Implementing our model on the futures markets brings quantitative and qualitative benefits. Daily turnover of exchange-traded currency futures and options is said to be $166 billion. A market of that size provides a data set with extensive coverage from which we can draw meaningful observations. In addition, the data are highly qualified because there is a larger ratio of sophisticated to retail investors trading futures as compared to that ratio trading spot. Therefore, the information should better reflect decisions made by hedge funds and asset managers, who in turn have done their research before placing bets in the futures market. It is the information in the futures market that we hope will enhance our profits.
After observing price movements in the futures market, news watchers decide to take positions in the spot market. Momentum traders in the spot market then react, observing a trend developing in spot from this new inflow of information (see “Volatility reactions,” below). Our goal is to take advantage of the inefficiency where the spot price reflects all the information inflow from the futures during this reactive process. To quantify this idea, we have American Finance Association Fischer Black Prize winner and M.I.T. Ph.D. Harrison Hong to pave the way.
Hong understood that flow of information from the futures markets to the spot market is characterized by the volatility of the asset. The slow diffusion of volatility found in futures prices generates an under-reaction and overreaction, which are the driving forces of momentum. Assuming interest rate parity, we know that the futures contract price is the expectation of the price of the actual currency in the future. (Interest rate parity is a theory in which the interest rate differential between two countries is equal to the differential between the forward exchange rate and the spot exchange rate. It plays an essential role in connecting foreign exchange rates with interest rates.) Futures prices exhibit volatility, either in the form of price action of a single contract or deviation of prices between contracts. This volatility, derived from expected prices, would itself be an expected volatility.
As the market evolves, what is expected becomes realized, and so this expected volatility, as calculated from the futures market, will find its presence in the spot market. Volatility is the fuel that, when lit, drives the fire.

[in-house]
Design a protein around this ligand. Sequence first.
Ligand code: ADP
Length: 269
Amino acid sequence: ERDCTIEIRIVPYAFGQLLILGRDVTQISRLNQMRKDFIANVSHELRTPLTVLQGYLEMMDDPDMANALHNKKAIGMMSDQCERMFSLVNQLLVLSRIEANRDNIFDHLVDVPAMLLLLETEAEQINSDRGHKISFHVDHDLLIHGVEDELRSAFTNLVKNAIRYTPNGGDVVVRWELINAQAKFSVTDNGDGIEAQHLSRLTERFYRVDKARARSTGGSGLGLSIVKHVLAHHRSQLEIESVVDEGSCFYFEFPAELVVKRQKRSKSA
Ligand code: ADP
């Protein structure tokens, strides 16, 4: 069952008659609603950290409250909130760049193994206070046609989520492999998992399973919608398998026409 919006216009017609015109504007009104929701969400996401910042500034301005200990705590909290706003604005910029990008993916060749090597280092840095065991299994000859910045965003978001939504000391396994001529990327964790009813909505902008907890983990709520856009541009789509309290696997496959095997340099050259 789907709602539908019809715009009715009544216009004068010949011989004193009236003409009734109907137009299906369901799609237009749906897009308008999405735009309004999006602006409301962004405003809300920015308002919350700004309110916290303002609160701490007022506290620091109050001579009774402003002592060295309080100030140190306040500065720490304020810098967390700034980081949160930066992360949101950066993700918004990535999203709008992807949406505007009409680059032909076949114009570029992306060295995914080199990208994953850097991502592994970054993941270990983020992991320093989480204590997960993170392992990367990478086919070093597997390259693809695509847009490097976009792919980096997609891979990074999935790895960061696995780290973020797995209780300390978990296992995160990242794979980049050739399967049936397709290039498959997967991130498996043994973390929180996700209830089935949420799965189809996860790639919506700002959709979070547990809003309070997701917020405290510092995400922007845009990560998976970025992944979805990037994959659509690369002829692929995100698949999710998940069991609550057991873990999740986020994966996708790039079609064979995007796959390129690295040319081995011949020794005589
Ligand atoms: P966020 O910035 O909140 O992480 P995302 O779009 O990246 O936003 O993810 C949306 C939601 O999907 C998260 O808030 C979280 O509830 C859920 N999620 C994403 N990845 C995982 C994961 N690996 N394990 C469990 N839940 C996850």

Hong tested this idea in the equity market and concluded that small changes in the implied volatility of a stock preceded a large jump in the underlying price. In his study, information flow is characterized by the diffusion of options volatility. In addition, he also concluded that stocks are heterogeneous in their information diffusion speed, which implies momentum traders can benefit if they know where stocks are in their diffusion cycle. This is an important point we’ll use to formulate our strategy.
In casting Hong’s conclusion to the currency market, options volatility is analogized to futures volatility, making the theme of spot reacting to futures akin to underlying reacting to options. For currencies whose futures volatility has yet to diffuse into the spot, momentum traders should then take positions before the diffusion to capitalize on the impending big moves. For those whose diffusion has already occurred, spot prices would have stabilized, hinting that positions are being closed out. Now, we quantify futures market volatility using models developed for such.
A cash asset such as spot gives rise to only one calculation of volatility: The historical volatility from its time series. Futures contracts introduce an additional element, time to expiry. Volatility models built on this contract brings the possibility of quantifying volatility in different ways. We either can use a model implemented on a futures curve or a model implemented on a futures’ price series. We’ll consider both types of models.
Consider a volatility model that looks at the futures curves to calculate the expected volatility. On the close of a trading day, we’ll consider the futures settlement price of all contracts available on that day. For currency trading, these typically would be the quarterly contracts March (H), June (U), September (M) and December (Z). The expected volatility would then be the standard deviation between the settlement prices of these contracts at the close of a day. The standard deviation can either be a normal one or a weighted one. We call this our curve volatility model (see “Futures curve volatility model,” below).